One day he went out for a walk on his own. He laid down to rest, and again the constant thoughts he had become accustomed to thinking began to run through his mind. But then he started thinking differently: “To the contrary, if G-d did such a thing and had the son of the king and a son of a slave exchanged, even though it is puzzling and incomprehensible to me, does it justify my behavior that should I act in such a way?” Then he began to sigh and regret his depraved behavior very much. The moment he stopped justifying his actions because of what G-d had done to him was also the decisive moment when the process began which caused him to return to the throne (from Rabbi Nachman’s Stories, #11, “The Exchanged Children”).
A person is required to leave everything and sacrifice the habits and strive for the desired goal for the sake of a Superior goal!
In this wonderful story, we learn that the correct attitude is that there is no situation where a person should blame his behavior on what he has been through in life. Always in every case, even if the circumstances of a person’s life created a lot of hardships, even if they go against all reason, one’s attitude should still be: “Is this how I should be behaving? Do these circumstances really justify my behavior?”
This matter can apply to each and every one of us. Sometimes we tend to blame the circumstances we were born into, where we got stuck, where we were forced into some situation, thereby justifying ourselves with the idea we are “destined” to continue living our lives as we have been living them until now. However, like the son of the king, we need to stop and make a true spiritual accounting, in the same way that the true son of the king did and make a change. “On the contrary, if this is so, that G-d did such a thing, exchanging us and causing me to go through such suffering, does it make any sense what I did? Was it proper for me to behave in such a way?
Now let us return to our parsha and see how these issues apply.
G-d told Abraham to leave everything and go to an unknown destination. What is meant by “leaving everything”? Rabbi Natan explains:
The root of every Jew’s soul comes from a very exalted place. The reason it descends to the earth, to a place so lowly and far from G-d, is precisely because only through this descent can it then rise and return to its source perfected. It is all in order that a person should have free choice. That is why every Jew, no matter what level he is on, must go through endless experiences and tests. The Creator’s intention is surely for a person’s good, so that he can clarify the good from all the places that it has sunk and from there raise up everything to the source of his soul.
This, then, is the meaning of G-d’s commandment to Avraham: “Lech Lecha—You shall surely go.” When one speaks to someone face to face and says to him “atah” (you) or “lecha” (to yourself), he is actually speaking to the person’s soul which is the essence of the person, as is known (see Likutei Moharan I 22:5). This is what the Torah is instructing a person: to return to the source of his soul by leaving “your land,” meaning “your earthliness.” That is, even if you have descended into materialism and depression, and it seems to you that it would be difficult for you to break out of such a state, nevertheless, you must overcome specifically from within “your earthliness” and raise yourself up to become your true self. You must return to the root and source of your soul.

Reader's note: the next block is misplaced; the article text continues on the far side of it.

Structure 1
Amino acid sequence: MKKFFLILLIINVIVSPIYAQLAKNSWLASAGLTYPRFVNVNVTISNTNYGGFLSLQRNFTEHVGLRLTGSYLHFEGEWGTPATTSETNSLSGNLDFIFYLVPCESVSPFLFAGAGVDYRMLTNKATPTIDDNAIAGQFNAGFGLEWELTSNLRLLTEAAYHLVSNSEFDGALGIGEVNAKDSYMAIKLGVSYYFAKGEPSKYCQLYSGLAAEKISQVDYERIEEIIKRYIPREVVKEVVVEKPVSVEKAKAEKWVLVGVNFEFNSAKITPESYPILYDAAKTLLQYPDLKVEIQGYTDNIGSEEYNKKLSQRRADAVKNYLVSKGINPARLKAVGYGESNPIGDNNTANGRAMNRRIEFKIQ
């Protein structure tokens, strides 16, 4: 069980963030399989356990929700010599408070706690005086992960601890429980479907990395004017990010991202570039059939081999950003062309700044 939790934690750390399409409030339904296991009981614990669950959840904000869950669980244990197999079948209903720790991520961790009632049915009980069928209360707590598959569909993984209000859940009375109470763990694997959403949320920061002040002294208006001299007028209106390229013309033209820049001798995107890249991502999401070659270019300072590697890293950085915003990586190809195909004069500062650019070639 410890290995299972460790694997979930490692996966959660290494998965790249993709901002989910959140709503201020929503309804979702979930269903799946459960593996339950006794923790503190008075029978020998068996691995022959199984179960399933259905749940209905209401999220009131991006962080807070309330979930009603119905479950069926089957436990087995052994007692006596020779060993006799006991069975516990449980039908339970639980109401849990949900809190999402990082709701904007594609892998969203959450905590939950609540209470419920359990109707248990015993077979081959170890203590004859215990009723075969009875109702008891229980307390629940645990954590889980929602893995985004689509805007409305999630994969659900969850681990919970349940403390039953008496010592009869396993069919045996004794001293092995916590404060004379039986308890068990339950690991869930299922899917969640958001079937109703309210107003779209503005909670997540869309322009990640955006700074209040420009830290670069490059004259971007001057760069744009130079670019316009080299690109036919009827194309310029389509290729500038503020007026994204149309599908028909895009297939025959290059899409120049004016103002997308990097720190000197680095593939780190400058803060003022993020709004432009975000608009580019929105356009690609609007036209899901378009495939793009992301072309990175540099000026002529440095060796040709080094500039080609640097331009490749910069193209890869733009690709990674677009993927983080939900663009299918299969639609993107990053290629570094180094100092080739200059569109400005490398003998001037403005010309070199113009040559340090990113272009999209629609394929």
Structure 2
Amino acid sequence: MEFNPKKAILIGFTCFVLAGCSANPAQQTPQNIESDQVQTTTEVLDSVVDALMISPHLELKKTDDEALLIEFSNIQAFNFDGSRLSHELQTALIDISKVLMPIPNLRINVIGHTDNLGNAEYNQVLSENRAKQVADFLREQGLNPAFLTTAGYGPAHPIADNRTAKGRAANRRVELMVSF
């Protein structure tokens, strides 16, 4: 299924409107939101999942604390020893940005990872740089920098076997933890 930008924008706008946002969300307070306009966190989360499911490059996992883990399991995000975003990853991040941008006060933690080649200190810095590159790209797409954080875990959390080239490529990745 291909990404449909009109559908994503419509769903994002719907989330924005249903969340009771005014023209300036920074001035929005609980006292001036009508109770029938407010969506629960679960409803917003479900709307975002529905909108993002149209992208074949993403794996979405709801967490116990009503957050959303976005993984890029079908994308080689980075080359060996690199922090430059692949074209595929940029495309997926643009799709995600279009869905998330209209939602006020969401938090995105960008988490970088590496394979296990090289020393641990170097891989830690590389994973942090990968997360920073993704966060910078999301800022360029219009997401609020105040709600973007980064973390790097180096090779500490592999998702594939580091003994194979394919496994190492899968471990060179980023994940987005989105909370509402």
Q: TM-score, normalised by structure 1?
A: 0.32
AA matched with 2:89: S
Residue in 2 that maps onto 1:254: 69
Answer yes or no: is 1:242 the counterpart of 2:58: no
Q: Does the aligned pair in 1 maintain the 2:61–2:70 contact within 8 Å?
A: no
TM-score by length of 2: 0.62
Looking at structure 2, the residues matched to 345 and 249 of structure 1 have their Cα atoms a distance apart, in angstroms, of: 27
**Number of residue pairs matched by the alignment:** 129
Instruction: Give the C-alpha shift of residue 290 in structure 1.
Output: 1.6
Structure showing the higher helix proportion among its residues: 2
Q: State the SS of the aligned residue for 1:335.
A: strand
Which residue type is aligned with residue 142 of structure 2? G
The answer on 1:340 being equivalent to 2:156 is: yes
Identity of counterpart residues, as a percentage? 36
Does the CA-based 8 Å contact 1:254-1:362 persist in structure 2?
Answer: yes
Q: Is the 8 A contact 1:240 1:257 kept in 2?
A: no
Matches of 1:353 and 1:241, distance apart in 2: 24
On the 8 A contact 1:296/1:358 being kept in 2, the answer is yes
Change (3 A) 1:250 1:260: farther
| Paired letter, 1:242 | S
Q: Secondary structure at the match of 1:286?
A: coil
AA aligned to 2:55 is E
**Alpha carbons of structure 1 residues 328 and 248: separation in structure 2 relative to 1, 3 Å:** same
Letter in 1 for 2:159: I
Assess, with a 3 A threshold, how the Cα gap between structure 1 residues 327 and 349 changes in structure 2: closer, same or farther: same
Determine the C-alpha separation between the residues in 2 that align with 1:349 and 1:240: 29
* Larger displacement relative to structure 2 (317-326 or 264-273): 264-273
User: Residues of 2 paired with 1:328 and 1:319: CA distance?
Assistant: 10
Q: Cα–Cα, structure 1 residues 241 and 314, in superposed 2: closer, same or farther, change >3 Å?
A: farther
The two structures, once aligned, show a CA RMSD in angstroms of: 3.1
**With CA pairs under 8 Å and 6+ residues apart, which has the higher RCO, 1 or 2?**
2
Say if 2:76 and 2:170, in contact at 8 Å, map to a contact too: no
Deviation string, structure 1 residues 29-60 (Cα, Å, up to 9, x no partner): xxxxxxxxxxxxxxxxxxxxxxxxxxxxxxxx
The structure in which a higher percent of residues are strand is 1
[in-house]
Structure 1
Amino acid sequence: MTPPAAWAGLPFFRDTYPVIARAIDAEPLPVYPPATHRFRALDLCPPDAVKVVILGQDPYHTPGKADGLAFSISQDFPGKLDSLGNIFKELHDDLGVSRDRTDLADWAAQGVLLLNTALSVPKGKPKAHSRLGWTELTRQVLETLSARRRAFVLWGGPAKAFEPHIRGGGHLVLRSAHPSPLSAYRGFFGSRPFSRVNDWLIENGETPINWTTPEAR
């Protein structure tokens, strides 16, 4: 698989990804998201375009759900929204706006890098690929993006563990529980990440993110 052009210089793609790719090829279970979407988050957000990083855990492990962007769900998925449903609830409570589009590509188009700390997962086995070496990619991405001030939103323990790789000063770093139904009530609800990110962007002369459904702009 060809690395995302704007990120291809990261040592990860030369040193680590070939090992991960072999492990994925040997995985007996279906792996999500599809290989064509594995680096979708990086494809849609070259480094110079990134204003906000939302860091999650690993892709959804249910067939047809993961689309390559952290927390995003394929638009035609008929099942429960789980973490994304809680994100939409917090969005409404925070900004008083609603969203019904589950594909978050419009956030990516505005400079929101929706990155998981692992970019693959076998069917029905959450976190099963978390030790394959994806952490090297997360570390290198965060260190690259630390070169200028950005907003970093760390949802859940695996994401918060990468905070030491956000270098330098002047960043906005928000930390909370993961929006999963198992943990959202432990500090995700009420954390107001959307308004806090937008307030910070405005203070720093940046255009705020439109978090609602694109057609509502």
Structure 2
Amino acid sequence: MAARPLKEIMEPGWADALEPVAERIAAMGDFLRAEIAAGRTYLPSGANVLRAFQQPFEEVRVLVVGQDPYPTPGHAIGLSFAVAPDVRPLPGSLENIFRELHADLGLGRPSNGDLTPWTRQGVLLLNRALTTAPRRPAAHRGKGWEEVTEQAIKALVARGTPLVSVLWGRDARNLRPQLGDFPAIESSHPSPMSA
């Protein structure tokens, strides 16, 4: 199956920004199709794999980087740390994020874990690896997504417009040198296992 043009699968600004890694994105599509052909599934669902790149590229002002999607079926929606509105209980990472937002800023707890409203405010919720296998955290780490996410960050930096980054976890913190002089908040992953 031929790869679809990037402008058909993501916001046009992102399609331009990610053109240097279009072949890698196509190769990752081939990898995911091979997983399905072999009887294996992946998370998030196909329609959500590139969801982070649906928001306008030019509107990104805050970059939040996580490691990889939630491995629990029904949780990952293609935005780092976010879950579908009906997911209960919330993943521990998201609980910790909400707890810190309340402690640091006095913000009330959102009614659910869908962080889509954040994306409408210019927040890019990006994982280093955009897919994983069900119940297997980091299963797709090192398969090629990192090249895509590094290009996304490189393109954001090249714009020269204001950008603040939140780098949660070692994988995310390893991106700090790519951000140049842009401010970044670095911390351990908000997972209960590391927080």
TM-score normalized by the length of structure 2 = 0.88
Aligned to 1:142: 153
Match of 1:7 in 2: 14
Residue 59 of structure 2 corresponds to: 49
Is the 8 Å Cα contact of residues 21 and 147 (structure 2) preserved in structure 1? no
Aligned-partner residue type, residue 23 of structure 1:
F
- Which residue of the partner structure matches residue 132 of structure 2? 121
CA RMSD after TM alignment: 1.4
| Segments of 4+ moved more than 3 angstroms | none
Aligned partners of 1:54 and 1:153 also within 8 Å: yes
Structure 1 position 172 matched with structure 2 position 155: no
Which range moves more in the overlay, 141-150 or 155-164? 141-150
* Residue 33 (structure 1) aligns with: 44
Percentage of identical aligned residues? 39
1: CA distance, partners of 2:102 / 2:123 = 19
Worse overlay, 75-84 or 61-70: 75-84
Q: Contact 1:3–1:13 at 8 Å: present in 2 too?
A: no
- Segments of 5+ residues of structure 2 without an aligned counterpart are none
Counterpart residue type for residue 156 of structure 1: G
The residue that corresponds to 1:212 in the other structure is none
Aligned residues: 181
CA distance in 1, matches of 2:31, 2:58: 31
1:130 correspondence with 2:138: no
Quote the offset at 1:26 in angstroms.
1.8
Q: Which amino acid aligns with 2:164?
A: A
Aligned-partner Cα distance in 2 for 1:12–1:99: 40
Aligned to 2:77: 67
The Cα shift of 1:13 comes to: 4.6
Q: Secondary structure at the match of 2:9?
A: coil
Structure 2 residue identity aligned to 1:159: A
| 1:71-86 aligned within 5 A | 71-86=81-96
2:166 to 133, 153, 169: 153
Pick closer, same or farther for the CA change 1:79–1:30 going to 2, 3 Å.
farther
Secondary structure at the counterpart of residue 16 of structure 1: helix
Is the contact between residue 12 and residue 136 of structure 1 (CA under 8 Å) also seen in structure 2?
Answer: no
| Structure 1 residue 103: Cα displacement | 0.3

This is also how the continuation of the verse is interpreted. “And from your father’s house” refers to your family, neighbors, and relatives, meaning, the local environment in which you were raised, which naturally creates barriers and spiritual or emotional limitations which prevent you from reaching your spiritual goal. This too must be overcome on the way to one’s destination, which is the journey of the person to his own soul. The general rule that one should bear in mind is: “HaKadosh Baruch Hu does not send a person obstacles and trials that he is unable to withstand” (Likutei Moharan II 46).
This is what G-d commanded Abraham: “Go to the land which I will show you.” “Go and leave everything” means that we have to free ourselves from depending on basing our behavior on the environment and circumstances to which we are comfortably accustomed and proceed to the Land of Israel which is the source and totality of holiness. That is where the Temple is which is the source of all the souls. That is where we must yearn to be.
And of course—no excuses!
(Based on Likutei Halachot, Shabbat 7:75)